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Is Huawei losing its dominance in 5G technology?

Is Huawei Losing Its Dominance in 5G Technology?
China Telecom 5G launch in Chongqing China (Source: Keitma/Shutterstock.com)

As an important enabler of future growth, 5G technology is now in high demand worldwide. Dominant in this field is one single Chinese company, Huawei. And with the broad impact of 5G on future technologies like the internet of things and smart cities, the dominance became a concern, especially for top major world economies.

According to Telecom Equipment Marketing report by Dell’Oro Group, Huawei supplied 28 per cent of global telecoms equipment for four quarters from 3Q18 to 2Q19. Huawei is also leading in 5G related research, which has led to its increasing technological prowess and quality equipment at low prices.

Dominating the technology means owning the economy of the future, plus China will most likely position itself as the worldwide leader in technology and innovation as well as having the upper hand in matters of national security. However, Huawei is now drifting away from success as the US continues to persuade countries to ditch the Chinese telecoms giant for more trusted vendors.

The US war on Huawei started on May 15, 2019, when US President Donald Trump issued an executive order that gave the federal government power to ban US companies from buying foreign-made telecoms equipment deemed a national security risk. The order did not mark any company as a threat, but it was largely seen as a move against the Chinese tech giant Huawei, which some US lawmakers considered a security threat.

The recent extension of the original order until May 2021, combined with the US sanctions announced in May makes it more challenging for Huawei to access American technology.

What are the issues with Huawei 5G?

Apart from the criminal charges filed by the US Justice Department against Huawei and its chief financial officer, Meng Wanzou, the coronavirus pandemic is another reason for the strained relationships. The coronavirus outbreak in China and how they dealt with the pandemic is one of the factors leading to an increased distrust towards the Chinese government and companies. Some countries, like the US, blamed China for the outbreak, and a lot more were put off by how China responded to the criticism.

Trump government banned Huawei from US communication networks due to fears that the Chinese government can use their equipment to spy on other countries and companies. The company has repeatedly denied these claims and insisted that it would not accept to be used this way. However, China’s National Intelligence Law of 2017 is a red flag for the US, as it allows Beijing to force Chinese companies to hand over data. There are also concerns about the funding of the company by the Chinese government.

Rejection outside the US

After eliminating Huawei and its 5G technology, the US is also pressuring its allies in Europe and the Pacific region to enforce a Huawei ban as a security precaution. Members of the Five Eyes like New Zealand and Australia have followed suit, plus the UK has recently made a U-turn on their previous decision that allowed Huawei to supply 35% of the 5G equipment needed in the country.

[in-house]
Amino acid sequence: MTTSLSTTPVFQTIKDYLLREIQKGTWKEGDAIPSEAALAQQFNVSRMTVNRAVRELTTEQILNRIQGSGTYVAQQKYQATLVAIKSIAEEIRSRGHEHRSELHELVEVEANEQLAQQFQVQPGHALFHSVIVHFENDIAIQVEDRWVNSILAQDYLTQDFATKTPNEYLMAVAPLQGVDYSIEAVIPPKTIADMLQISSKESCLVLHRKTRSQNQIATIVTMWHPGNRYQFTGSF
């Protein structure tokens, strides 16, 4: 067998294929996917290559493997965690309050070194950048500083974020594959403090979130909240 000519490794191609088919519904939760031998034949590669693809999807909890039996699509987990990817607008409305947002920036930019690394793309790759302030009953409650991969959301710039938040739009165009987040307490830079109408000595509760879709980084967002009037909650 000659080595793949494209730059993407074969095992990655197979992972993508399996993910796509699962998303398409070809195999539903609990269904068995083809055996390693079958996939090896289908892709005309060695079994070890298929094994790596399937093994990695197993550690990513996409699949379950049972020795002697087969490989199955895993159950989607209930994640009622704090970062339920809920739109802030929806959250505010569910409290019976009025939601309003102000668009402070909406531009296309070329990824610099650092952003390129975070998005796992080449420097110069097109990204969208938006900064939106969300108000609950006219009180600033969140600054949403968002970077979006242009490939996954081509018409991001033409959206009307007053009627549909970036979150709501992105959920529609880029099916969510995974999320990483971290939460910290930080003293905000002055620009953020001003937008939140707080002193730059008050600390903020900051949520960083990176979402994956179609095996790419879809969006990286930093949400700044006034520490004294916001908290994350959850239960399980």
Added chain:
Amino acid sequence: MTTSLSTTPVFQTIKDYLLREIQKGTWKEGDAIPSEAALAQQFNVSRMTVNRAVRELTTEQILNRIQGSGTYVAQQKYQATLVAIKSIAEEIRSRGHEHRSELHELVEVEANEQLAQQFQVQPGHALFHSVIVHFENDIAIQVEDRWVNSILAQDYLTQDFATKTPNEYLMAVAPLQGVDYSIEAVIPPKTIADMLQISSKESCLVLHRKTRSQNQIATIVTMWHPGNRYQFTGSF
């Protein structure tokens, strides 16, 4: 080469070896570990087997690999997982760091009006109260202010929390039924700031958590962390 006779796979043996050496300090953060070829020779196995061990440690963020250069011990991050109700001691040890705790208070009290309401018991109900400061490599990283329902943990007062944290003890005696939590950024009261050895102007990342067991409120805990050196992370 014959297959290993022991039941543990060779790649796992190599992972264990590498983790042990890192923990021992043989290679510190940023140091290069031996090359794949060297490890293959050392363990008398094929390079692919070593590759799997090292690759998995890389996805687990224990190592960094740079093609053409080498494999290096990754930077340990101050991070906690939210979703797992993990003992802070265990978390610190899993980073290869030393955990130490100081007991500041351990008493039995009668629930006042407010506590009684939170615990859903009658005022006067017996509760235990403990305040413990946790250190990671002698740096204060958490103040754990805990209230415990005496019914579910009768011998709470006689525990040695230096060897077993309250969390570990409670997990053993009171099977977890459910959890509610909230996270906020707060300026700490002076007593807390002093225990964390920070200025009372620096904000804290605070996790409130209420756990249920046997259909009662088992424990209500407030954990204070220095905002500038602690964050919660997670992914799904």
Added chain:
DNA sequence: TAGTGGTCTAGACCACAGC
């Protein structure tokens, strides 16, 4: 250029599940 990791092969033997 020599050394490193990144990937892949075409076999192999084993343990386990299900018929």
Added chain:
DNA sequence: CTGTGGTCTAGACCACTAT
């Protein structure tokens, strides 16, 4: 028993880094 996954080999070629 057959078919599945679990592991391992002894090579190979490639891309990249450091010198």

The US had warned that their intelligence sharing and military collaboration with allies like the UK could be at risk if the UK continued with the plan – the Chinese Intelligence Law as a basis for argument. Though they did not mention Huawei, European commission also recommended EU members states to eliminate “high-risk” suppliers from their networks. Furthermore, Europe has companies that can manufacture 5G networks like Ericsson of Sweden and Nokia of Finland.

The UK just announced that they will ban their mobile providers from buying new Huawei equipment by the end of 2020 and all will have to remove the existing 5G Huawei kits from their networks within the next seven years. According to the Digital and Culture Minister, Oliver Dowden, the May sanctions by the US on the company had “significantly changed” the landscape. Bowden showed concerns that this move could trigger a Chinese backlash against the country, more so amid Brexit negotiations. But he added that the UK would be on an “irreversible path” to do away with “high-risk vendors” in 5G, including Huawei, before the next general election in 2024. Dowden also declared that the move would cost consumers up to £2bn and delay 5G roll-out by “two to three years”.

Huawei rejection is also evident in Asia as Singapore’s top three telecommunication companies declared that they would use 5G network equipment from Finland’s Nokia and Sweden’s Ericsson. The companies have already received their operating licences from Singapore’s government, though the government has said that it did not mean a rejection of the Chinese company. Vietnam’s telecoms company, Viettel, has also collaborated with Nokia and has also developed its own 5G equipment.

Local Indian reports also indicate that the country may exclude Chinese makers from its 5G trials after the recent border clashes with China. India has also banned Chinese apps like WeChat and TikTok, terming them as a “threat to sovereignty and integrity.”

Huawei shifting production

When the US barred non-US companies from supplying American technology Chipsets to Huawei without a license, the company expanded its relationships with other Chinese chip manufacturers and developers such as Semiconductor Manufacturing International Corporation (SMIC), MediaTek and Unisoc. Furthermore, Huawei placed a large order with Taiwanese chip titan TSMC before the new rule. According to Jefferies analysts, this brought the company enough 5G base station chips to last until the end of 2021.

After all, Huawei supplied the majority of the network equipment for the 5G rollout in China.